Author: Valerie Sim
Publisher: Llewellyn (Lo Scarabeo)
Publication date: December 2002
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The Comparative Tarot is four Tarot decks in one. Each card in this deck shows four quarter-card-sized images of the same card in four very different decks. The Universal Tarot card image is in the upper left. Next to it is the card from the Tarot of the Sphinx. Below these two images are the card from the Tarot of Origins and from the Tarot of Marseilles. If you like to read from a Tarot deck with a large symbol set, you will probably love this deck. Provided, of course, that your eyes are fairly good. Each image is only 1 inch wide and 1.75 inches high.
The decks selected for this comparative deck are all very different from each other. The Universial Tarot is a modern variation of the the Rider-Waite deck. I know a number of Rider-Waite deck fans who really like this version. While it is not my personal favorite, it is very nicely done. The Tarot of the Sphinx is a deck designed by Silvana Alasia based on an Egyptian motif. This is my first exposure to this deck and I like it. The Tarot of Origins is a strange deck featuring primitive people in a somewhat dreamlike manner. You either love it, hate it, or just find it weird. I'm in the "just find it weird" category, but it does add a unique set of symbols to the mix. The Tarot of Marseilles is a modern deck done after the style of the Marseilles decks of the 17th century. My usual complaint about Marseilles decks, the Minor Arcana are just pips, doesn't have much force in a deck like this.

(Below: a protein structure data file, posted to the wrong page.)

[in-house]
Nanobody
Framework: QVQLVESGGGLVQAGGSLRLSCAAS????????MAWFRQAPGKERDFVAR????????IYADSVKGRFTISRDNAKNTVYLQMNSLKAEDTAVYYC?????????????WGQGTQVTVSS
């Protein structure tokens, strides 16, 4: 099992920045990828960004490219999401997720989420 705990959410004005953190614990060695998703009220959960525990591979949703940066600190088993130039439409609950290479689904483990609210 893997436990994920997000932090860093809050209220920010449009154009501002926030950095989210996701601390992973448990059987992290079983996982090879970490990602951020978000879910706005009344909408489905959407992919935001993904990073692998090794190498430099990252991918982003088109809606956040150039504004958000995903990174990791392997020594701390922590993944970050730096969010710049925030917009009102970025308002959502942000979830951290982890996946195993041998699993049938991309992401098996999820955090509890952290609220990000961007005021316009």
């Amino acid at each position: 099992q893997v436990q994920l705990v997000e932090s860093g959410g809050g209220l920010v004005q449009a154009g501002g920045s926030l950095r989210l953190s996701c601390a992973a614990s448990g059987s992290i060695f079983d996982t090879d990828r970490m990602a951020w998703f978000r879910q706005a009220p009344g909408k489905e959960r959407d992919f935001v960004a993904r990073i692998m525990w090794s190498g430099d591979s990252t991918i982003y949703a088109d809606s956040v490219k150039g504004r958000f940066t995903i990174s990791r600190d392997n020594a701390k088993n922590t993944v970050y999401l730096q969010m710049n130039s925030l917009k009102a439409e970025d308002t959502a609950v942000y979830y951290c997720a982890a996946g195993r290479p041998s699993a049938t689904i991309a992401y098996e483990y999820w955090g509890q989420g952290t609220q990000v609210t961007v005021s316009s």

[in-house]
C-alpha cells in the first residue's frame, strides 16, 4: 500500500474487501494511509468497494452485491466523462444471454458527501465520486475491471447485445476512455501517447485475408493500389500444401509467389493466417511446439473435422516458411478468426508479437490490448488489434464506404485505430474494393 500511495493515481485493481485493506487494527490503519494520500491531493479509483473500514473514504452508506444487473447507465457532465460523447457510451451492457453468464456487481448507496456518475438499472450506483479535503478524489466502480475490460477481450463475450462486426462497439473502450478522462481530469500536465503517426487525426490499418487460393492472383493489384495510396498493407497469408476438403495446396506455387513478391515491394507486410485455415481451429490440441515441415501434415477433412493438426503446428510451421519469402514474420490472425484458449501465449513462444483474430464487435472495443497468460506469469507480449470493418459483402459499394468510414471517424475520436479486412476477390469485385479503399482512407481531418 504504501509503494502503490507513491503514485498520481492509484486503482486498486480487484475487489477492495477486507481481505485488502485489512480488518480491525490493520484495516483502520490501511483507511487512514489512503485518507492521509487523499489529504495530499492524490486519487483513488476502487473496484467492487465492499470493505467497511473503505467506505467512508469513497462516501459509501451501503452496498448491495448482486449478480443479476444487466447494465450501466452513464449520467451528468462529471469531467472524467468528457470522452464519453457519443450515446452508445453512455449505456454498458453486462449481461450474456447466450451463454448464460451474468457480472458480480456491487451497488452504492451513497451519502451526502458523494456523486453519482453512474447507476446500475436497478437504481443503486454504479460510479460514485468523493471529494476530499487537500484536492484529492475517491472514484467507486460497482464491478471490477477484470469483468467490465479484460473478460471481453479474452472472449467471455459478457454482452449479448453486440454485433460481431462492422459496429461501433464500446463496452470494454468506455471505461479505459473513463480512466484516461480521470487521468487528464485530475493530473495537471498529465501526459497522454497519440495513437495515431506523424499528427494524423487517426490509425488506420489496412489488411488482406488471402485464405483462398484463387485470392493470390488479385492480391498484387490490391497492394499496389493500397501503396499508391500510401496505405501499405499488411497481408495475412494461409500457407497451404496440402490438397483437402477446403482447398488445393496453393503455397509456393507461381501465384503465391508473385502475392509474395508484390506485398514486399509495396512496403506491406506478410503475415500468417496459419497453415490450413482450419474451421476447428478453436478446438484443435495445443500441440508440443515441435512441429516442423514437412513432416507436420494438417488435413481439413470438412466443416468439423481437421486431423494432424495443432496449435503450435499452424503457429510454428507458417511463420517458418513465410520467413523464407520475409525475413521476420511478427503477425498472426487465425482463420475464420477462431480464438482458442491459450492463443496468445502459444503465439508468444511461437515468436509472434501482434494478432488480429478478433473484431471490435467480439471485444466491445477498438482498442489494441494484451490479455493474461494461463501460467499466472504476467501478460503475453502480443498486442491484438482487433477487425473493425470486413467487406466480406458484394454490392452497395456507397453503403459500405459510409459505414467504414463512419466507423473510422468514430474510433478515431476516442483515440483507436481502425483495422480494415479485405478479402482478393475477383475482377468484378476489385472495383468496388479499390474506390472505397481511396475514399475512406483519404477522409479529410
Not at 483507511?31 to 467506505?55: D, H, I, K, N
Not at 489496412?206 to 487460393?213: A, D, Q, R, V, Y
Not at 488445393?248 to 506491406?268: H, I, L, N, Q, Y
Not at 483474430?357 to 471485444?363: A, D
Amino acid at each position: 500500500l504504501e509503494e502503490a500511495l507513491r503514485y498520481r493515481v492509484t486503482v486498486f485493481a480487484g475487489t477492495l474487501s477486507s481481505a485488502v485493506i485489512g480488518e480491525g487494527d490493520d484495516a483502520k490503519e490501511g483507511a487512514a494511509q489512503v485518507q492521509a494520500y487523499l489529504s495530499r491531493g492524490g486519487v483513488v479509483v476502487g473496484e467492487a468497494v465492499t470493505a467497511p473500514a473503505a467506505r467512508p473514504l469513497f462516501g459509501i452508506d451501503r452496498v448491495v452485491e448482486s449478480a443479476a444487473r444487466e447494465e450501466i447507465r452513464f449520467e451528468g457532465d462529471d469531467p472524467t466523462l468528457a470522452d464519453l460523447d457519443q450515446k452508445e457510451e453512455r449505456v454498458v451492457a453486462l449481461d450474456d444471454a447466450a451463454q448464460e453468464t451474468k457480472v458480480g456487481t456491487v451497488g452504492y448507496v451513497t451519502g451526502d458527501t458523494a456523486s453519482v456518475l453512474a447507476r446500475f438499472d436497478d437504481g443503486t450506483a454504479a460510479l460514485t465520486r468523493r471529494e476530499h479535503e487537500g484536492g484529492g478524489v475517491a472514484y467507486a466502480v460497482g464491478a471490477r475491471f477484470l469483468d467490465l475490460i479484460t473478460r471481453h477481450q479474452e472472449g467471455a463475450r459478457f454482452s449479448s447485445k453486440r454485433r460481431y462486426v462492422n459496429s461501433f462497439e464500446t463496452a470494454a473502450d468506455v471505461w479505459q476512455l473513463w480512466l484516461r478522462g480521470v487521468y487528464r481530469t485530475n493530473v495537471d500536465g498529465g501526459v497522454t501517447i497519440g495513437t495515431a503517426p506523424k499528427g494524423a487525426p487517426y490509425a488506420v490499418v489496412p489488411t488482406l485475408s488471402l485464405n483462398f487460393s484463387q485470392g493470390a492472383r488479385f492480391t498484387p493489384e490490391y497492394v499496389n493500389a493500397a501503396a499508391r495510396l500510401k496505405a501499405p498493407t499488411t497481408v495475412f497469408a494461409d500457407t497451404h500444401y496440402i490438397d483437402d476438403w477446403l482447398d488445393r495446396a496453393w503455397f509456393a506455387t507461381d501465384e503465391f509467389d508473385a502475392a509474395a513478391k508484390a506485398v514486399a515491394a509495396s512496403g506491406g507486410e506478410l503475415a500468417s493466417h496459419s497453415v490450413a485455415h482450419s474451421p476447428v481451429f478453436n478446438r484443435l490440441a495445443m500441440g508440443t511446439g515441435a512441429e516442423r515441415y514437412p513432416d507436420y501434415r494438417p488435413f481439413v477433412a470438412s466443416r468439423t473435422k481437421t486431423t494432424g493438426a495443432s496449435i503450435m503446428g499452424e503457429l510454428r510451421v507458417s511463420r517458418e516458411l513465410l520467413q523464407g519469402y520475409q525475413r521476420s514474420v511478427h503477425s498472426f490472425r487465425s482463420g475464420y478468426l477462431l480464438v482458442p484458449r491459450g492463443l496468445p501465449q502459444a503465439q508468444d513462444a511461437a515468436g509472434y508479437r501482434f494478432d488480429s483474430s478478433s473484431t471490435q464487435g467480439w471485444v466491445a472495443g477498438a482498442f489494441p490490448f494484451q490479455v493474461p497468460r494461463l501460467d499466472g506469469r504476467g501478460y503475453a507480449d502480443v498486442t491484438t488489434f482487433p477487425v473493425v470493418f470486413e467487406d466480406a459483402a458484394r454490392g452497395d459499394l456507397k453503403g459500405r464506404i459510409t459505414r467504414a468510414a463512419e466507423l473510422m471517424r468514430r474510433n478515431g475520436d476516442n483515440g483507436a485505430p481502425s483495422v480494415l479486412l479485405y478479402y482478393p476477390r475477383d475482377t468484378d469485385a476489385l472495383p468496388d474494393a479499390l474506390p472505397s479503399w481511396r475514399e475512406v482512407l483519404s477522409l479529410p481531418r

Unlike many Lo Scarabeo decks I've seen, this deck does not come with a small foldout flyer. This deck comes with a tiny 64 page booklet. Of course, only one-fifth of the booklet is in English (the other languages are French, German, Italian, and Spanish), so there's not really that much more information than in the small flyers. This booklet provides background information on the decks on the cards and five keyword meanings for card: a general meaning and one for each of the decks depicted on the card. Unfortunately, there is not much room for instructions on how to take advantage of this deck, although a brief one card reading example is provided. The author does have a web site and book upcoming from Llewellyn on her comparative reading method, however.
The Comparative Tarot is a wonderful idea for those who like Tarot cards with lots of symbolism -- or for someone who wants to get four Tarot decks for the price of one. However, this is not really a deck for a beginner and the booklet included even admits this. It is designed for experienced Tarot readers who want to try a new method of reading the cards: multiple decks at once. I like this deck simply for the huge set of symbols it brings to a reading, but I suspect that I will have to read Sims' upcoming book to really make full use of the comparative reading method she touches upon in the booklet.
Reviewed by Randall